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ARS Home » Plains Area » College Station, Texas » Southern Plains Agricultural Research Center » Crop Germplasm Research » Research » Publications at this Location » Publication #71672


item Vielle-calzada, J.
item Nuccio, Michael
item Budiman, Muhammad
item Thomas, Terry
item Burson, Byron
item Hussey, Mark
item Wing, Rod

Submitted to: Plant Molecular Biology
Publication Type: Peer Reviewed Journal
Publication Acceptance Date: 8/14/1996
Publication Date: N/A
Citation: N/A

Interpretive Summary: This investigation was conducted to learn more about the genetic control of plant reproduction, especially apomixis. Apomixis is an asexual form of reproduction where seed are produced without fertilization and it can be used to develop true-breeding uniform varieties. Because apomixis does not occur in economically important grain crops, the most feasible approach of transferring this trait into crop plants is to isolate the genes for apomixis from apomictic plants and introduce them into a target crop species using molecular techniques. A technique known as differential display was used to compare gene expression in tissue from flowers of both sexual and apomictic buffelgrass plants. Several different genes were expressed, isolated and characterized. Four of these were specific to the ovaries in the flowers of both sexual and apomictic plants. One gene was expressed only in ovaries of the sexual plant, two were present in ovaries from the apomictic plant, and one was present in ovaries of both the sexual and apomictic plants. These findings are of significance because they show differences in gene expression in sexual and apomictic plants and represent the first step in identifying and isolating the genes controlling apomixis in buffelgrass.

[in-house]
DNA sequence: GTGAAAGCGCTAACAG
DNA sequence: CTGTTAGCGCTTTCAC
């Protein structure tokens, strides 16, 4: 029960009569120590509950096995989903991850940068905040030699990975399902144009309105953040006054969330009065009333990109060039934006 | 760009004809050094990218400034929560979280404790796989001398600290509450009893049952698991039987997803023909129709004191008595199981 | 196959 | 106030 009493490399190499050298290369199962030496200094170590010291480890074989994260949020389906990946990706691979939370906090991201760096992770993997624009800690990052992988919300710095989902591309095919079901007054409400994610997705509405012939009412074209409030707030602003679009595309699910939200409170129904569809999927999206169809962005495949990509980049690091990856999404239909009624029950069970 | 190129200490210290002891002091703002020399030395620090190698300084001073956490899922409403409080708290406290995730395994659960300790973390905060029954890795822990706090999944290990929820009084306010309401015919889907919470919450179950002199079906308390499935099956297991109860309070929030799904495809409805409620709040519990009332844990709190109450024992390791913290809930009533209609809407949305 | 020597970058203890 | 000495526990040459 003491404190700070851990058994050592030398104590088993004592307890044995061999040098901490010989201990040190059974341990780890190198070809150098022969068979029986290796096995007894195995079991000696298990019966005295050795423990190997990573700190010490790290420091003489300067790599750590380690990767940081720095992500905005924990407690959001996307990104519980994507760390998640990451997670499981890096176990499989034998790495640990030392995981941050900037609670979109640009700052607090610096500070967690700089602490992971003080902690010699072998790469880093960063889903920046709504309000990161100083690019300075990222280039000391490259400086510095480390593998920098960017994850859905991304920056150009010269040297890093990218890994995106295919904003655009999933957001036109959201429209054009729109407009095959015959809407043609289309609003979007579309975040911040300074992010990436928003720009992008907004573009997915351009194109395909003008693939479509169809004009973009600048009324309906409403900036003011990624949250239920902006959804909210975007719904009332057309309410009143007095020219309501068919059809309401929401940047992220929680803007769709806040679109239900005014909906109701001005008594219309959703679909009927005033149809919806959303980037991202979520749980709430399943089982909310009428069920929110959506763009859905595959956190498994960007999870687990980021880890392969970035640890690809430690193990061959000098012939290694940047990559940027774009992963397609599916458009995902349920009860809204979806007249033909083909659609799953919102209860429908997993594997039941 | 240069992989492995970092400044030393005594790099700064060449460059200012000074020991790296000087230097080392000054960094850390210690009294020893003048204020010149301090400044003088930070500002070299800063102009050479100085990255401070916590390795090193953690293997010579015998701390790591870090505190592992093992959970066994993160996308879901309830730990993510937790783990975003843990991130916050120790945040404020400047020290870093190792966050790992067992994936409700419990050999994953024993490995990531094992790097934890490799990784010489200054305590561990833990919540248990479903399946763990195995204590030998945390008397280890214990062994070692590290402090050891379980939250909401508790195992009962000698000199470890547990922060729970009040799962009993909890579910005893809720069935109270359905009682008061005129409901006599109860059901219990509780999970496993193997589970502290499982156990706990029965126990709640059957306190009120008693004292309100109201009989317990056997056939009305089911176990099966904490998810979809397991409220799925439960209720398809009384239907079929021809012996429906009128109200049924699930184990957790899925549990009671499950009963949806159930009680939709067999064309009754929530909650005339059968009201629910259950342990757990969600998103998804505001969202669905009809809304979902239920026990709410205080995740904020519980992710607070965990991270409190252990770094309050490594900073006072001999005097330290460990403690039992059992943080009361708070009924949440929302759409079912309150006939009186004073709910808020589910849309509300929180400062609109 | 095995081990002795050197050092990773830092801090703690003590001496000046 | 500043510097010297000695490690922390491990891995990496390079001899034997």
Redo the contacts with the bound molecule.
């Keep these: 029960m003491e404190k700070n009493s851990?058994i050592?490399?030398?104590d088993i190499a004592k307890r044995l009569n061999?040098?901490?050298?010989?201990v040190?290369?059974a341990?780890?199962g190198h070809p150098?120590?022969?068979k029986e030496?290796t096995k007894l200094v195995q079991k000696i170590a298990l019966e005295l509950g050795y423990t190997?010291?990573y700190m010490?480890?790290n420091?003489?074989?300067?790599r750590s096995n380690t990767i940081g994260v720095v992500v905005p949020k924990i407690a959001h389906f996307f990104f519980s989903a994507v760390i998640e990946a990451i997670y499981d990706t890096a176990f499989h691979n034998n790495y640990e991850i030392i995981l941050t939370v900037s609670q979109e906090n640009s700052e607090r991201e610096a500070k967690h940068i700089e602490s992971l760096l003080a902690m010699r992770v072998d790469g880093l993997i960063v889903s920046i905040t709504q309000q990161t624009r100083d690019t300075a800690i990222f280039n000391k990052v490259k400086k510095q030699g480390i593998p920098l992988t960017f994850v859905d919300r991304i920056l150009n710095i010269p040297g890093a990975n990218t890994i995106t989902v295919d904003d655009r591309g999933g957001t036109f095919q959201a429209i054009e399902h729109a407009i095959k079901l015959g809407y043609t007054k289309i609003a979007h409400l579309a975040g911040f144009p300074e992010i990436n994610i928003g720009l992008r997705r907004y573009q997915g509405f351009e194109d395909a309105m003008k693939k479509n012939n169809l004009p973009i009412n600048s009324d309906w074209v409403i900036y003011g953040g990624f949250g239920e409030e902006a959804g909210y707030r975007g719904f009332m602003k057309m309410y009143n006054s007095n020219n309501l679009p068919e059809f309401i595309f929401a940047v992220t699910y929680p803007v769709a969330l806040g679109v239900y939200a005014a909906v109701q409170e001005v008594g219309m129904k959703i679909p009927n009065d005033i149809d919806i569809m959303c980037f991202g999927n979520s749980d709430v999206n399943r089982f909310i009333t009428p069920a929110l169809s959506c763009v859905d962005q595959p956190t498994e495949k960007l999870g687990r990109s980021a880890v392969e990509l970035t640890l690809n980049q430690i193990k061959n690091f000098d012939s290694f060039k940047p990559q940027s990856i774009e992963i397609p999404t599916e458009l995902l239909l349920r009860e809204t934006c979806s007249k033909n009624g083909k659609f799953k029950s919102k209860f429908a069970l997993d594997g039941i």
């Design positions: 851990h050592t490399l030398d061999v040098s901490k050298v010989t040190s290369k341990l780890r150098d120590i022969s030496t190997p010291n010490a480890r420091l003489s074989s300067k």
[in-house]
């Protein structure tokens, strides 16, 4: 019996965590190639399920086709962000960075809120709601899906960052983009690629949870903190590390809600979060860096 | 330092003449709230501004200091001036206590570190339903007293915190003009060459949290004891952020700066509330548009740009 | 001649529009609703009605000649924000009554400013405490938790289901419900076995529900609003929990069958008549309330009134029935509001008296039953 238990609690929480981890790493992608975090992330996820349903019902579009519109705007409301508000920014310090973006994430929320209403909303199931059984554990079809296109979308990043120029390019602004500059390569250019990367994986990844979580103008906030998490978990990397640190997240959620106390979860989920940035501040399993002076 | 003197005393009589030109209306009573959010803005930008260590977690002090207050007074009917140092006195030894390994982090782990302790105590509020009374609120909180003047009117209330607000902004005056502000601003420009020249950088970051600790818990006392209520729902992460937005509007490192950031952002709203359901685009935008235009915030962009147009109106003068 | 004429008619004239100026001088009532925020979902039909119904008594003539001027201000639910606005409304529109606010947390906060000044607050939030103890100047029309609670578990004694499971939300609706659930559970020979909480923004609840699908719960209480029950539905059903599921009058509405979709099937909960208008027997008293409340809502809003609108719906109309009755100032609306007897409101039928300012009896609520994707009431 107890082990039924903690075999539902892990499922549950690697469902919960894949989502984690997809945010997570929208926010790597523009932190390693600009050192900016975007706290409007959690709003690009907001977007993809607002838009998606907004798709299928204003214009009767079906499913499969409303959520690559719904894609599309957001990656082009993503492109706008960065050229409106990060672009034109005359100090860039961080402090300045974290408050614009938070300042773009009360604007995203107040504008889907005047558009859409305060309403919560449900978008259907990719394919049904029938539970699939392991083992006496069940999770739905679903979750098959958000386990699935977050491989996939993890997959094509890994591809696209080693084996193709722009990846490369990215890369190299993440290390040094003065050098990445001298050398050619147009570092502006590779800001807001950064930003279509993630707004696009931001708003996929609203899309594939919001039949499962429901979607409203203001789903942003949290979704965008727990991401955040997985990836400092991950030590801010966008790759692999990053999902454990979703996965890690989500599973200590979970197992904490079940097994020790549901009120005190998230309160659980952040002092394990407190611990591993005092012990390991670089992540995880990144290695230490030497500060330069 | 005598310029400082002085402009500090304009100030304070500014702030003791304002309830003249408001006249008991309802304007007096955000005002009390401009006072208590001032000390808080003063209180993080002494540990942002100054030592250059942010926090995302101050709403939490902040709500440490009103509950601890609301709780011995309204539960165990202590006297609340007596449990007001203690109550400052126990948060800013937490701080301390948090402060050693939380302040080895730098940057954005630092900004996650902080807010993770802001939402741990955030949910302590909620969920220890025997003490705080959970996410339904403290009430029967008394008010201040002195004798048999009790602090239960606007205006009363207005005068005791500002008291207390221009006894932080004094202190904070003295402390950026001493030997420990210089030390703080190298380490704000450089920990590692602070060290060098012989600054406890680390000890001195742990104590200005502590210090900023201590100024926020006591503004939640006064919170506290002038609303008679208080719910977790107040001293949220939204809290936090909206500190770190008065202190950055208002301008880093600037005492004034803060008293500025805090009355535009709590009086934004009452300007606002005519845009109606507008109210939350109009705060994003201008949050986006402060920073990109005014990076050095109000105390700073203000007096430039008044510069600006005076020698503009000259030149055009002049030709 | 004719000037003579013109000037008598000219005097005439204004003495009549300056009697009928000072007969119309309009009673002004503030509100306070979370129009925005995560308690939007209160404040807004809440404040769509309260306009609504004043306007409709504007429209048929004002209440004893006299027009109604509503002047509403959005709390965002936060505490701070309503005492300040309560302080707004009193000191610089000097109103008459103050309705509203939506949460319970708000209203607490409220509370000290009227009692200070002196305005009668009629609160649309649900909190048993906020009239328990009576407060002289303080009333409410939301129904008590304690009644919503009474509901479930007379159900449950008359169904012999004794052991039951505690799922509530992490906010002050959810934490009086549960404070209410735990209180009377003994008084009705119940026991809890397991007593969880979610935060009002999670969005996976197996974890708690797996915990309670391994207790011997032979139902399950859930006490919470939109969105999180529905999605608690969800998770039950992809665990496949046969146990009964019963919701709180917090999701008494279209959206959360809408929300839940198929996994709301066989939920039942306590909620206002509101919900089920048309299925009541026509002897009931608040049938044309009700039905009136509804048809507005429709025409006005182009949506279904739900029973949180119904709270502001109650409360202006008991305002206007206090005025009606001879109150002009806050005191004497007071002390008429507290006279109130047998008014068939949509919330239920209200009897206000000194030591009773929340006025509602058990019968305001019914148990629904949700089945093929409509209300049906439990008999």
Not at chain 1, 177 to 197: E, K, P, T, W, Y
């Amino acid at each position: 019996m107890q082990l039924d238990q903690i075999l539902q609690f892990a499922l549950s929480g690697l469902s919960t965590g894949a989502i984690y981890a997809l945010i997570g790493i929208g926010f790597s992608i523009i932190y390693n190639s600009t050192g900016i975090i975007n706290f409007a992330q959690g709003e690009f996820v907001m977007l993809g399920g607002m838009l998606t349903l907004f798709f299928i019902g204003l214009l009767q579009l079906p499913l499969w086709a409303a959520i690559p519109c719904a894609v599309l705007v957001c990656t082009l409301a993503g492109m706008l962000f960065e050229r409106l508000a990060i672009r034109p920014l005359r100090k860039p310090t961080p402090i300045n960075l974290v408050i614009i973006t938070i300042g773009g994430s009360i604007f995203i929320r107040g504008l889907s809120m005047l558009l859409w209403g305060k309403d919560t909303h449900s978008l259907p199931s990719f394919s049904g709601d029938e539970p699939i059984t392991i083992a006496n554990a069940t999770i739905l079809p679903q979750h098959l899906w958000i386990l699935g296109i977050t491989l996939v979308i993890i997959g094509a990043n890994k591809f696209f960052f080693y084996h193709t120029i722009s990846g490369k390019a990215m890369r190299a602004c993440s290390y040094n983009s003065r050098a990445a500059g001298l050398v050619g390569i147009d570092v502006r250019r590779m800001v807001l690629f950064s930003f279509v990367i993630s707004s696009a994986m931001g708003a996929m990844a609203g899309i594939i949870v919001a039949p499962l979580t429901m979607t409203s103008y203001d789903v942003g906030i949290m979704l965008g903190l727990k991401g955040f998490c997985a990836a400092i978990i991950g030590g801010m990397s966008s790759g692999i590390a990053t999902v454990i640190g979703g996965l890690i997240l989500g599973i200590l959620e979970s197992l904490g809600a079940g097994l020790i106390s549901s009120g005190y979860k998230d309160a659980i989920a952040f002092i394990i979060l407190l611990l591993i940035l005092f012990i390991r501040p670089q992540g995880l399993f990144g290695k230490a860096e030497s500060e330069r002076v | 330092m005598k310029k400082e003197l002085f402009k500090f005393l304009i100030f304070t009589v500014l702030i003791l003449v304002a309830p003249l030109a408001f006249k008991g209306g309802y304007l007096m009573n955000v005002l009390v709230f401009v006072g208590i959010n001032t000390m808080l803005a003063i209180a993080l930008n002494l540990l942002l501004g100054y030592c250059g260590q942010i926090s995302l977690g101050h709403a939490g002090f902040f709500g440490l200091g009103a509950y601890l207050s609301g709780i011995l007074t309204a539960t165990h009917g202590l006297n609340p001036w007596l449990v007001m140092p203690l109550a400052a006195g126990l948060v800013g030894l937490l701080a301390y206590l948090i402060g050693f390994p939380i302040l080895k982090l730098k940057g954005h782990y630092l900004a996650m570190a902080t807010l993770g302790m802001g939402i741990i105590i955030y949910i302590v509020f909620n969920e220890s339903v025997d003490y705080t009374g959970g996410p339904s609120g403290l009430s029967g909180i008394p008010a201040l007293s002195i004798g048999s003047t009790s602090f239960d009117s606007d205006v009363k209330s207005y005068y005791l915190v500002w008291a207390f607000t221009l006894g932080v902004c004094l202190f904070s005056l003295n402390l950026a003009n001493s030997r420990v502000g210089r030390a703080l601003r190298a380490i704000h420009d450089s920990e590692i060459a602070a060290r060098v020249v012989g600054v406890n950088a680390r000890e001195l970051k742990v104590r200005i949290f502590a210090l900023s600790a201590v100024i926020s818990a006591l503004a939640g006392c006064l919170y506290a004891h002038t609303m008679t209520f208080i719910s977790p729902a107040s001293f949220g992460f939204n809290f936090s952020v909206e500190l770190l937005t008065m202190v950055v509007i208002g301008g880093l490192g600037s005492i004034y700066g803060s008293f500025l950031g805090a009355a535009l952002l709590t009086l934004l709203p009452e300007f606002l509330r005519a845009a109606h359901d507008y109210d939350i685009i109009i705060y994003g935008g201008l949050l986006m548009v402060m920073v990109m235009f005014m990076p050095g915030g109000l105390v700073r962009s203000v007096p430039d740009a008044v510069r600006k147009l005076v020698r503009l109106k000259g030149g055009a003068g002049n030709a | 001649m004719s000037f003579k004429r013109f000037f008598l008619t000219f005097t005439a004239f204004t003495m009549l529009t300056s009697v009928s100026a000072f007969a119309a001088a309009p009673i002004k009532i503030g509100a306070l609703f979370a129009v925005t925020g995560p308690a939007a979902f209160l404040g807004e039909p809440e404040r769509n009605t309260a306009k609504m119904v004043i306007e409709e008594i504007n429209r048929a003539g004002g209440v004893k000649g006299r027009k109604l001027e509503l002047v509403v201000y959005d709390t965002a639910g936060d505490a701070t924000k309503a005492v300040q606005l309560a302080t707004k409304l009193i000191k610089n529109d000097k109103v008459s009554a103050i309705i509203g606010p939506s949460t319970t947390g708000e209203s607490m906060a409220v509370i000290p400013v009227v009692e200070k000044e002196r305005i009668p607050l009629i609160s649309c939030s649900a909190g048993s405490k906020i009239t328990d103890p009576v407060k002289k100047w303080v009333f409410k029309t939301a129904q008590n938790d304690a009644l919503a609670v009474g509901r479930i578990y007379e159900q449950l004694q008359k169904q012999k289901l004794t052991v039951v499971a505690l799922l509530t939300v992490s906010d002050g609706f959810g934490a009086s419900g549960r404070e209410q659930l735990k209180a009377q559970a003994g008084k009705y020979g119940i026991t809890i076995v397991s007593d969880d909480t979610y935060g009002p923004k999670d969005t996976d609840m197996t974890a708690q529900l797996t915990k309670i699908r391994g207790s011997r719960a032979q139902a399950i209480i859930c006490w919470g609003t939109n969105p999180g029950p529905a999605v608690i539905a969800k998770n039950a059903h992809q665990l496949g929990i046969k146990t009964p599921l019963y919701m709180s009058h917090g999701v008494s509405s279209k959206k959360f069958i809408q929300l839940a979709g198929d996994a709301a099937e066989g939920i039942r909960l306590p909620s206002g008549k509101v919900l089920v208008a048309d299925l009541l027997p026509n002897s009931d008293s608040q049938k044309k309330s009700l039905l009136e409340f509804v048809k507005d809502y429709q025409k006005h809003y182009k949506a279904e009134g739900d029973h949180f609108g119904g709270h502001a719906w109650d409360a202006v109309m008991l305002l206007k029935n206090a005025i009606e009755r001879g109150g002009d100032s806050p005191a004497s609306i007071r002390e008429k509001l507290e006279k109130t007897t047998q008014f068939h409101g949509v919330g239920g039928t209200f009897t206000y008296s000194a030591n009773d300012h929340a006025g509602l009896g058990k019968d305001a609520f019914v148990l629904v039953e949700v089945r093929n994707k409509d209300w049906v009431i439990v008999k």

Technical Abstract: Limited emphasis has been given to the molecular study of apomixis, an asexual method of reproduction where seed are produced without fertilization. Most genotypes of buffelgrass (Pennisetum ciliare (L.) Link syn=Cenchrus ciliaris) genotypes reproduce by obligate apomixis (apospory); however, rare sexed plants have been recovered. A modified differential display procedure was used to compare gene expression in unpollinated ovaries containing ovules with cellularized sexual or apomictic female gametophytes. The modification incorporated end-labeled poly(A+) anchored primers as the only isotopic source, and was a reliable and consistent approach for detecting differentially displayed transcripts. Using 20 different decamers and two anchor primers, 2268 cDNA fragments between 200 and 600 base pairs were displayed. From these, nine reproducible differentially displayed cDNAs were identified and cloned. Based on Northern analysis, one cDNA was detected in only the sexual ovaries, two cDNAs in only apomictic ovaries and one cDNA was present in both types of ovaries. Four fragments could not be detected and one fragment was detected in ovaries, stems, and leaves. Comparison of gene expression during sexual and apomictic development in buffelgrass represents a new model system and strategy for investigating female reproductive development in the angiosperms.